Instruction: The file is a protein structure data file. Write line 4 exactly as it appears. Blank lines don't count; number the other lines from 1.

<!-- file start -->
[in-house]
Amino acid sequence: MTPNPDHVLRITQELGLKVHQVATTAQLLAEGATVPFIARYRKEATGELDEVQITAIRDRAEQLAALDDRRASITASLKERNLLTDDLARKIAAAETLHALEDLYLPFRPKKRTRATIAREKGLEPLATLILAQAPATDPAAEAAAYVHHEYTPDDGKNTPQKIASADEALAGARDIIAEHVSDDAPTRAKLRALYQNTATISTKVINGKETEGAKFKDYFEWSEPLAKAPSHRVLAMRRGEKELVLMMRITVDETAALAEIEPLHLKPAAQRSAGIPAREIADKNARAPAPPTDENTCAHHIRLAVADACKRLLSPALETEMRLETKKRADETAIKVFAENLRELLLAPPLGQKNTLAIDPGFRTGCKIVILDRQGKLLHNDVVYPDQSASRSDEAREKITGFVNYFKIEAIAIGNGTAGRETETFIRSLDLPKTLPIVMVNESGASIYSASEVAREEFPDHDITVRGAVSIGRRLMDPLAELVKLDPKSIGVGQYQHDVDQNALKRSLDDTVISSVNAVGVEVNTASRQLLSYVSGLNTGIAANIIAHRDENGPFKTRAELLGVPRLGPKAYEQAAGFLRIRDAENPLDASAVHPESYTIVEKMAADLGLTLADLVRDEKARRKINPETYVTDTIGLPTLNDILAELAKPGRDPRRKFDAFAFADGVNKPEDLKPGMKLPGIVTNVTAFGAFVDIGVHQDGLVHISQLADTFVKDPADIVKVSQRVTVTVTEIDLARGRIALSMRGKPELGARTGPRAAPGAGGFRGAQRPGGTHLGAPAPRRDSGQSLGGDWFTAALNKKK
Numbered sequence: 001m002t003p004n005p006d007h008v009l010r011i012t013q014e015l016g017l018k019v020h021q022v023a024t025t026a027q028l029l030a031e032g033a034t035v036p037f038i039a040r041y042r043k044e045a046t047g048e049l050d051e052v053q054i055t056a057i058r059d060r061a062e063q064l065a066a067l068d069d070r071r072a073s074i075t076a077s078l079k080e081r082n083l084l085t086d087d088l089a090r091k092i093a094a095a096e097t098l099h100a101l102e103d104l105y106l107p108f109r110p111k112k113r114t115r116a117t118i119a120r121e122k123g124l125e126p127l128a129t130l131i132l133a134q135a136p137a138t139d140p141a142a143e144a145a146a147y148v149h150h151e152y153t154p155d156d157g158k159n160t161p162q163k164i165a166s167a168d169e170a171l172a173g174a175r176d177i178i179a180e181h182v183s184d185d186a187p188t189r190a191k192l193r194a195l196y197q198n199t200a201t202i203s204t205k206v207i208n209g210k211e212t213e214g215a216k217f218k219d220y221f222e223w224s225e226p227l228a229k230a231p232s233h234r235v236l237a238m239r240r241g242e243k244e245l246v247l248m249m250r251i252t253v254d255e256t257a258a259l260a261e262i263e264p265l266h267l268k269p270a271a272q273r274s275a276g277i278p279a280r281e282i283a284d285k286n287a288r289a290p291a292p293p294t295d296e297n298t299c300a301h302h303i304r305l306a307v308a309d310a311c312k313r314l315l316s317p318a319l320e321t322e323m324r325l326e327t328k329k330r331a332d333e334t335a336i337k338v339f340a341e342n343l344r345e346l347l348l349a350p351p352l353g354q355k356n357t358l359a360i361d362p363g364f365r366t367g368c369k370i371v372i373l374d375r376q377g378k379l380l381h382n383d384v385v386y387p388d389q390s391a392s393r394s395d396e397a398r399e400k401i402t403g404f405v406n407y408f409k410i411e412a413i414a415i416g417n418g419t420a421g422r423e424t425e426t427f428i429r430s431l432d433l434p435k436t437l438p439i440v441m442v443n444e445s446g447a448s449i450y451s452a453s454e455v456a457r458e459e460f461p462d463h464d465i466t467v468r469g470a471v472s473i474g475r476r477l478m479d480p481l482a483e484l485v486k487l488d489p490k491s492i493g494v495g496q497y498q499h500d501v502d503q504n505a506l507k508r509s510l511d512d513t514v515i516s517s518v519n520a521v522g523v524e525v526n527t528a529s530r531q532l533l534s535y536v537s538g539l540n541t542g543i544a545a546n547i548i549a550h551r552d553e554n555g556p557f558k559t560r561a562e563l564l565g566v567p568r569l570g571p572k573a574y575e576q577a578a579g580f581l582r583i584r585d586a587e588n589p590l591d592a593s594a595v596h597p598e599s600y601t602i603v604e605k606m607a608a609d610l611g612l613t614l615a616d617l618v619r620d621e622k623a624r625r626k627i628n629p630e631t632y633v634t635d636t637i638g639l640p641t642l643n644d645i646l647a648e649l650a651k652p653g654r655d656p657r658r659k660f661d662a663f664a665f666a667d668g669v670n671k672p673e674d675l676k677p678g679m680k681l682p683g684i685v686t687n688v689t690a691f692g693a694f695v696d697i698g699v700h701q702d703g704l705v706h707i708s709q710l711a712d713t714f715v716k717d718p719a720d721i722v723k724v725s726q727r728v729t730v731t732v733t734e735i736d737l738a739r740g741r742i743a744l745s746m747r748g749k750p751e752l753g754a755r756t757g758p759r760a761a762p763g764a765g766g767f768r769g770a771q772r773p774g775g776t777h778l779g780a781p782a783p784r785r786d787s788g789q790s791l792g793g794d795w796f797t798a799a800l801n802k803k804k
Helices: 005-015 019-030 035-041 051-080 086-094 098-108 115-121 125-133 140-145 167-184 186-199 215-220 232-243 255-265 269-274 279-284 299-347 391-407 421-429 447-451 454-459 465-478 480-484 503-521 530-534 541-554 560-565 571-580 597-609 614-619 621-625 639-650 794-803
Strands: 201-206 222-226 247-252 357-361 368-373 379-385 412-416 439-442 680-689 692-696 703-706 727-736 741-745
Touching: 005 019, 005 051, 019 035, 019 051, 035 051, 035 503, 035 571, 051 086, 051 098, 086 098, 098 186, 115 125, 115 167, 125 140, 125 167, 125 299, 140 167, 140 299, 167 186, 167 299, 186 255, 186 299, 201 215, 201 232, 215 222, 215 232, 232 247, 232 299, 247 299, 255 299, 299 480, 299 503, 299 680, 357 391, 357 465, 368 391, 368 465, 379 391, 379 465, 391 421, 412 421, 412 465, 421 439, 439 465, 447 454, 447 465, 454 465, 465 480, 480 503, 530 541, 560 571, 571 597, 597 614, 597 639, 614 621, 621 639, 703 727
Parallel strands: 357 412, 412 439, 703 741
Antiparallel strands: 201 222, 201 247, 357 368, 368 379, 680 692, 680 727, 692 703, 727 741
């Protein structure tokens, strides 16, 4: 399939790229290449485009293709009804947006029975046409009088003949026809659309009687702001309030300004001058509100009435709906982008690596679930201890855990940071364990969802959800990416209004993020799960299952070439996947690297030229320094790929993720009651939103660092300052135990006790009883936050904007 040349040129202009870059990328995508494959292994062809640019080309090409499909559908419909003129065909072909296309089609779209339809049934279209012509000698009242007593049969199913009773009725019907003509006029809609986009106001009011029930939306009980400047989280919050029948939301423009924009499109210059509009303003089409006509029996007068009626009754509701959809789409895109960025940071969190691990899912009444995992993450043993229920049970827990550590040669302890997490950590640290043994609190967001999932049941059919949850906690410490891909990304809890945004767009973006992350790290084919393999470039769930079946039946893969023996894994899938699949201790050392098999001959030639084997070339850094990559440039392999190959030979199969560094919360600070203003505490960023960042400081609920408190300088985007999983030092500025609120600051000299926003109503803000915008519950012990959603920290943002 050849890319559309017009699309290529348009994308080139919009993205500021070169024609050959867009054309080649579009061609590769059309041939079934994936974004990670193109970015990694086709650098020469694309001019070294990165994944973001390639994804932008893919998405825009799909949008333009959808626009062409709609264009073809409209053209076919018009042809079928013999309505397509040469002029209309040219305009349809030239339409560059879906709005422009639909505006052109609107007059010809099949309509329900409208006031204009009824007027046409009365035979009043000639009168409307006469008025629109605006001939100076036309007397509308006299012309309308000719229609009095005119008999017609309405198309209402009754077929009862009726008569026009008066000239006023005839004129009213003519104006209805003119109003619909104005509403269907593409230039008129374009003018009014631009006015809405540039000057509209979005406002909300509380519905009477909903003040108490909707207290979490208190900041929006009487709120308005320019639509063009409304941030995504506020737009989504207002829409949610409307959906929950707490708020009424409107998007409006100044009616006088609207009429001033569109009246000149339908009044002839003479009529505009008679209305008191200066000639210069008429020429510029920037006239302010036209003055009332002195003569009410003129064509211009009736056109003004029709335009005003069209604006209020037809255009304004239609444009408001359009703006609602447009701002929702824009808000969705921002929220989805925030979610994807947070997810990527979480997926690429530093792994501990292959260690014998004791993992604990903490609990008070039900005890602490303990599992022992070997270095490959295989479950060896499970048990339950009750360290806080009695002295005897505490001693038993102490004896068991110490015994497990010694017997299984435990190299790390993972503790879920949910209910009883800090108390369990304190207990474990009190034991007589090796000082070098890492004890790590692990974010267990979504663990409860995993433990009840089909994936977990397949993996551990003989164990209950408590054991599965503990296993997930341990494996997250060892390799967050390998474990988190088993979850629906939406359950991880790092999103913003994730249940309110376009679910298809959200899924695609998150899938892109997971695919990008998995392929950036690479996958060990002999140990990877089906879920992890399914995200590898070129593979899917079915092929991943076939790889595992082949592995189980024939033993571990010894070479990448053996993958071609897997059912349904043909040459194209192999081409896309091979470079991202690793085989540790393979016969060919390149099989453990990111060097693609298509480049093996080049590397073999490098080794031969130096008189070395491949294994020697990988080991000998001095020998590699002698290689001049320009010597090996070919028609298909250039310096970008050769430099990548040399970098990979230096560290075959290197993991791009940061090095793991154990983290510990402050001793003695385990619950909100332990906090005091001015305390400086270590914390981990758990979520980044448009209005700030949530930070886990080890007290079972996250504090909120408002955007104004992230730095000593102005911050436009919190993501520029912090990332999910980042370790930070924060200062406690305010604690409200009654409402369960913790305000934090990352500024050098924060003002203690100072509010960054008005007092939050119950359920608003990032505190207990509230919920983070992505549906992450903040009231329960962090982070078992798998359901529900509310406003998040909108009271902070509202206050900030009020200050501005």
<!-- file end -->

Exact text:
Helices: 005-015 019-030 035-041 051-080 086-094 098-108 115-121 125-133 140-145 167-184 186-199 215-220 232-243 255-265 269-274 279-284 299-347 391-407 421-429 447-451 454-459 465-478 480-484 503-521 530-534 541-554 560-565 571-580 597-609 614-619 621-625 639-650 794-803